Silicon Valley billionaire Milo Khoury (Marshall Allman, ‘True Blood’) tries to recruit an artificial intelligence expert (Carrie-Anne Moss, ‘The Matrix’ trilogy) in the Season 2 opener of AMC’s ‘Humans,’ premiering Mon., Feb. 13 (10 ET/PT).
More than a decade after the final Matrix movie, Carrie-Anne Moss is back onscreen in a long coat and glasses.
But this time, instead of that iconic leather duster and Ray-Bans, the 49-year-old actress is sporting a white lab coat and specs as scientist Dr. Athena Morrow, a new character on AMC’s Humans, which returns for its second season Monday (10 ET/PT).
While the first season focused on the ethical dilemma of selling androids (or “synths”) for use as domestic or sex workers, new episodes take an in-depth look at the development of sentient artificial beings.
That’s where Morrow comes in: She’s working on artificial intelligence and trying to keep her progress under wraps.
“She has a very personal reason for wanting to crack this idea of bringing consciousness into a machine,” Moss says. “She’s been through a lot in her life and she’s grappling with some grief.” To cope, “she’s completely committed to what she’s doing. She lives and breathes that. She holds everything very tightly to her chest.”
Morrow claims she’s uninterested in the prospect of working for smooth-talking tech billionaire Milo Khoury (Marshall Allman, True Blood) — until he reveals his team has produced a conscious synth. Then she’s in.
“She can’t believe what she’s seeing,” Moss says. “So the scientist in her wants to figure that out. But underneath all that is this mother trying to find her way.”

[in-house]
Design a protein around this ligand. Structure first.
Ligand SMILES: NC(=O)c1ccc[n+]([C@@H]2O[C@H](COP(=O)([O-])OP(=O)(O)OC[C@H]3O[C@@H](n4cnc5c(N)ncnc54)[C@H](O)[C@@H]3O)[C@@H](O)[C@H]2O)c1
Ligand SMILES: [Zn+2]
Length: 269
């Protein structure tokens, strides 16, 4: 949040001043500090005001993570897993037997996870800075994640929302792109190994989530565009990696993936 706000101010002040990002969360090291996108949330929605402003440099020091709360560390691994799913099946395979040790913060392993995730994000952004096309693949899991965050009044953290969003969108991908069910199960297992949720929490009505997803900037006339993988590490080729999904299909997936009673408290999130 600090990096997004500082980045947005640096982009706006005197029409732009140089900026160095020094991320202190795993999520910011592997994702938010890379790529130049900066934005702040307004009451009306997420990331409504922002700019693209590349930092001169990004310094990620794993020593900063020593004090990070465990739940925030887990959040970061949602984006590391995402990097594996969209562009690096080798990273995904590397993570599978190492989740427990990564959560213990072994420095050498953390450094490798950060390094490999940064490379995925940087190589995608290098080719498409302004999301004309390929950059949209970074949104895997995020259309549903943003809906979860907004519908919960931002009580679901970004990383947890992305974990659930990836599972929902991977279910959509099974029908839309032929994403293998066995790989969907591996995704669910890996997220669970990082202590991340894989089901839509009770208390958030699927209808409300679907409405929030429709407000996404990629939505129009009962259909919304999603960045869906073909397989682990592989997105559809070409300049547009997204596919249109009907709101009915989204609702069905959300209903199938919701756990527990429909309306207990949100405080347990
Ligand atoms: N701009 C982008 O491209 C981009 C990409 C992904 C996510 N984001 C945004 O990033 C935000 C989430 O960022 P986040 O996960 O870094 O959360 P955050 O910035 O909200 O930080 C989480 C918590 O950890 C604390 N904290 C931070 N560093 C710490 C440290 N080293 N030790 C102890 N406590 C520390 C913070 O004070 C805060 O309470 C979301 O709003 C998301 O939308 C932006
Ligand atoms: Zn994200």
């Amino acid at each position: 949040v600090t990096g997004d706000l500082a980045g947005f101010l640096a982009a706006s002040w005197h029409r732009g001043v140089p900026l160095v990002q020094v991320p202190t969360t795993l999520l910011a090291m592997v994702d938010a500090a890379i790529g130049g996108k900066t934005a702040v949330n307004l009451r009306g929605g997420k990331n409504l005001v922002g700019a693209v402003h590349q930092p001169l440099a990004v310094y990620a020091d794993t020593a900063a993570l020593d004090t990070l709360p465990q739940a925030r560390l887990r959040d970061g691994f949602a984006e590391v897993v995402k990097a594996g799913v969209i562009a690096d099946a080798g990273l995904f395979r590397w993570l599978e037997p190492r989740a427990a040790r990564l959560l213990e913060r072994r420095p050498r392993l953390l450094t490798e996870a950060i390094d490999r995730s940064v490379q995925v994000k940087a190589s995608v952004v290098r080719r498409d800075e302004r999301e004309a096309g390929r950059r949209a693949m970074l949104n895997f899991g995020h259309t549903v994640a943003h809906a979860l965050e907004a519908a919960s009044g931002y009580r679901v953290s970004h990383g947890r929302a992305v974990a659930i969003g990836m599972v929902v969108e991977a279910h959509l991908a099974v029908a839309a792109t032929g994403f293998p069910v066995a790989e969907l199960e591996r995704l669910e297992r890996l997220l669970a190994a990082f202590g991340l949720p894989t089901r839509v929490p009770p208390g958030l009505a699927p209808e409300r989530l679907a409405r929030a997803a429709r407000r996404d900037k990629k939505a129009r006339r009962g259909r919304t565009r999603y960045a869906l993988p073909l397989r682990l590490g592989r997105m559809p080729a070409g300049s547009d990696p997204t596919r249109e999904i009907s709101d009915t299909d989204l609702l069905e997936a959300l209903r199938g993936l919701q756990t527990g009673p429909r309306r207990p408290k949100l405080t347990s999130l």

That’s not to say Morrow is ready to drink the corporate Kool-Aid.
“I don’t think she trusts (Khoury) at all,” Moss says, noting that the character remains wary of her new boss’ motives. “She’s not in it wholeheartedly. She’s on his team, but she’s totally playing by herself.”
Moss, however, is wholeheartedly invested in her new team at Humans. And though she admits to not having seen Humans before her agents approached her with the pitch, she quickly got hooked watching Season 1.
“As soon as I would feel like I had a favorite character, then I would fall in love with a different one and then another one,” she laughs. I loved (the now-departed) William Hurt, I loved the (Hawkins) family and how they portray the struggles and stresses of a modern family. I loved all the synths. I feel like the show gave every character so much.”
Morrow crosses paths with members of the runaway band of conscious synths later this season. But to Moss’ chagrin, that does not include Mia (Gemma Chan), who served as a housekeeper in Season 1 and now works for a struggling restaurant owner (Sam Palladio, Nashville).
And judging from the way Moss talks about her scenes with the synths, maybe the Humans producers should have called her sooner.
“I just loved the way that they move,” she gushes. “I would love to have played one. That would have been really fun.”
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